Our client had worked in an enterprise for decades, so they were able to provide use with a sense of the recurring problems that plagued our audience.

Essentially, the idea for the enterprise virtual assistant arose from the sensory overload that’s intrinsic to massive corporate environments. The sheer scale of an enterprise often overwhelms people.

Onboarding new hires requires guiding some poor soul through a labyrinthian knowledge base. Few, if any, can successfully understand enterprise systems alone.

New employees, or even employees who travel, often don’t know how to book a meeting because they have no idea what’s feasible.

What’s more, juggling these kinds of tasks takes a toll on people. Research indicates that multitasking, or “cognitive switching,” can consume as much as 40% of someone’s productivity.

Competitive research

After our preliminary interviews, we began to build a sense of the problems facing our audience. To contextualize how they might think to solve their challenges, we needed to understand the competitive landscape.

In terms of AI assistants for the enterprise, there wasn’t a tremendous amount deal of direct competition.

However, by analyzing the main players in the voice interface / AI assistant industry, we were able to identify existing patterns for conversational design.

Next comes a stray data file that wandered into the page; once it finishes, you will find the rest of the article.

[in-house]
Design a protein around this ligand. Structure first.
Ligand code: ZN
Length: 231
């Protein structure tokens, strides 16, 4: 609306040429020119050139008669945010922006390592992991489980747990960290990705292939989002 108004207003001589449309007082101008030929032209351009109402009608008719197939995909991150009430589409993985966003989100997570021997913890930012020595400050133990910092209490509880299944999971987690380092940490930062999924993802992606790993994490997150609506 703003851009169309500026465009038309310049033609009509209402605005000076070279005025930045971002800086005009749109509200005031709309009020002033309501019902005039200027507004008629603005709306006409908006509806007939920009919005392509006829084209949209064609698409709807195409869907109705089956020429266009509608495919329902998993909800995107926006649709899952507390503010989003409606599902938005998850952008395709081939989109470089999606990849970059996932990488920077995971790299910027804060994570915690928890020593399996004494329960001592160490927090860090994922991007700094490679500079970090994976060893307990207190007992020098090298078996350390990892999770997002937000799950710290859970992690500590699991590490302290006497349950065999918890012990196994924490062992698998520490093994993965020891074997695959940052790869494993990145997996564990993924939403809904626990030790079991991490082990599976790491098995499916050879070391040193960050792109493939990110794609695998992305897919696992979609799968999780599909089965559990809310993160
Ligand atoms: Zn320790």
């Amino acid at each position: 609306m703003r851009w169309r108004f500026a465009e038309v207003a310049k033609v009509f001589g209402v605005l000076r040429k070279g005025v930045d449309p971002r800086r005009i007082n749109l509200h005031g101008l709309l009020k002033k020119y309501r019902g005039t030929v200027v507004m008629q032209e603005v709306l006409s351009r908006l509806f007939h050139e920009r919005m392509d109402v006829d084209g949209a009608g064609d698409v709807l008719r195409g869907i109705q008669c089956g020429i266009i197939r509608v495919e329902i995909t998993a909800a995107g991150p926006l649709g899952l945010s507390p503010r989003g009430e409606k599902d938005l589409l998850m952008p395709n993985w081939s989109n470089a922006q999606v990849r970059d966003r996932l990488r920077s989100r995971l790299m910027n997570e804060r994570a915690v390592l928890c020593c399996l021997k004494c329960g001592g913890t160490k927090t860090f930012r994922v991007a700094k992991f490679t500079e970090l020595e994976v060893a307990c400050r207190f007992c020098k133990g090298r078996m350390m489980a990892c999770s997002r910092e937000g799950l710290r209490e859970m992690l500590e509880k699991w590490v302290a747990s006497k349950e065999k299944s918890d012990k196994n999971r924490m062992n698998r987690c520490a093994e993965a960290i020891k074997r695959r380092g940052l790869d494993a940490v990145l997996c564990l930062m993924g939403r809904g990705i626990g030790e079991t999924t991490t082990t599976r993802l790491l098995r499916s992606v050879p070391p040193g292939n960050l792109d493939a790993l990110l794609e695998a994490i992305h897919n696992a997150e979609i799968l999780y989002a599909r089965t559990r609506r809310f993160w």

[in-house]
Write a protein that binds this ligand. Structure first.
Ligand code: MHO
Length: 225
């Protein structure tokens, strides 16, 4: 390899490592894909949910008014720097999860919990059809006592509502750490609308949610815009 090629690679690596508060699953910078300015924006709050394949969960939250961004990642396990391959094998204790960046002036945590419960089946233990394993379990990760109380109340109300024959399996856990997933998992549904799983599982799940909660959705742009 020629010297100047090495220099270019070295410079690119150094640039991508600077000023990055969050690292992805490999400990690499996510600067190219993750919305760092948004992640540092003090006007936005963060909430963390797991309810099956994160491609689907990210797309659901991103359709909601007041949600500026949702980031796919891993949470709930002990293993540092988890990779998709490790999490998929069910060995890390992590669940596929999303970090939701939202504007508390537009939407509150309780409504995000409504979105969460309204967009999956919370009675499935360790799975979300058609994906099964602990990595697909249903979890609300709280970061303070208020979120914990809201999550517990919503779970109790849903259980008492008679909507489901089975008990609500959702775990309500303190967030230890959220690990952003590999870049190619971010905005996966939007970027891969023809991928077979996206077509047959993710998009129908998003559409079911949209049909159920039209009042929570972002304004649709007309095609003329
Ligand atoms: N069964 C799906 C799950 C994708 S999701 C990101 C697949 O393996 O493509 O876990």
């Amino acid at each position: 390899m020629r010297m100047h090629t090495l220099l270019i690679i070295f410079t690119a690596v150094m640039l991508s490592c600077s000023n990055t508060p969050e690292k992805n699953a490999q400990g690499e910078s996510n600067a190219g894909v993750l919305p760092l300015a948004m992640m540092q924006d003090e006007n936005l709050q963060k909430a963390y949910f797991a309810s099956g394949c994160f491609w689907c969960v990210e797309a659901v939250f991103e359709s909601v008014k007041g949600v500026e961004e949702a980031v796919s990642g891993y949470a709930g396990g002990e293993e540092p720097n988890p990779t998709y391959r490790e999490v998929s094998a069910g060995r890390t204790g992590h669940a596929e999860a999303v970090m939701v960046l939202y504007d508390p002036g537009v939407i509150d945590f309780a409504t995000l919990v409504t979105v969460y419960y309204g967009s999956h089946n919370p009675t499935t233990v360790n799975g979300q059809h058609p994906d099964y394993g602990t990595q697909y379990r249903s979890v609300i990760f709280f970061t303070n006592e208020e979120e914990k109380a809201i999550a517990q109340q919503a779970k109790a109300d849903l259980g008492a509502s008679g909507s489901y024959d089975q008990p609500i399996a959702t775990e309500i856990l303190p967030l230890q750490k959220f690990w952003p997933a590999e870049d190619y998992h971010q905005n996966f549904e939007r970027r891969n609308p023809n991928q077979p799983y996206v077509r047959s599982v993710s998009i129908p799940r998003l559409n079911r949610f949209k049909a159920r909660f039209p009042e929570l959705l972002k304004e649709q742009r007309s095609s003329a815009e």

Interestingly, we noticed there are two main approaches to conversational design: guided and unguided. For example, when you make a hands-off Alexa, she will ask repeated follow up questions to make sure she accurately completes the task.

In contrast, Google Assistant takes a much more hands-off view. The system more or less expects users to know what to ask, and offers little guidance.

Phase 2: Ideation

After we finished our discovery research, we moved on to phase 2: Ideation (here called brick-laying for presentation purposes).

The concept here is to create a more complete foundation and develop our ideas for the experience design phase.

As we move through the process, our research became more granular.

Instead of only conducting interviews, we tried to observe users in their work environment. To supplement our qualitative research, we conducted surveys to provide quantitative data.

Every project is different at a UX firm, but we always try to utilize as many of the research techniques listed above as budget, necessity, and scope allow.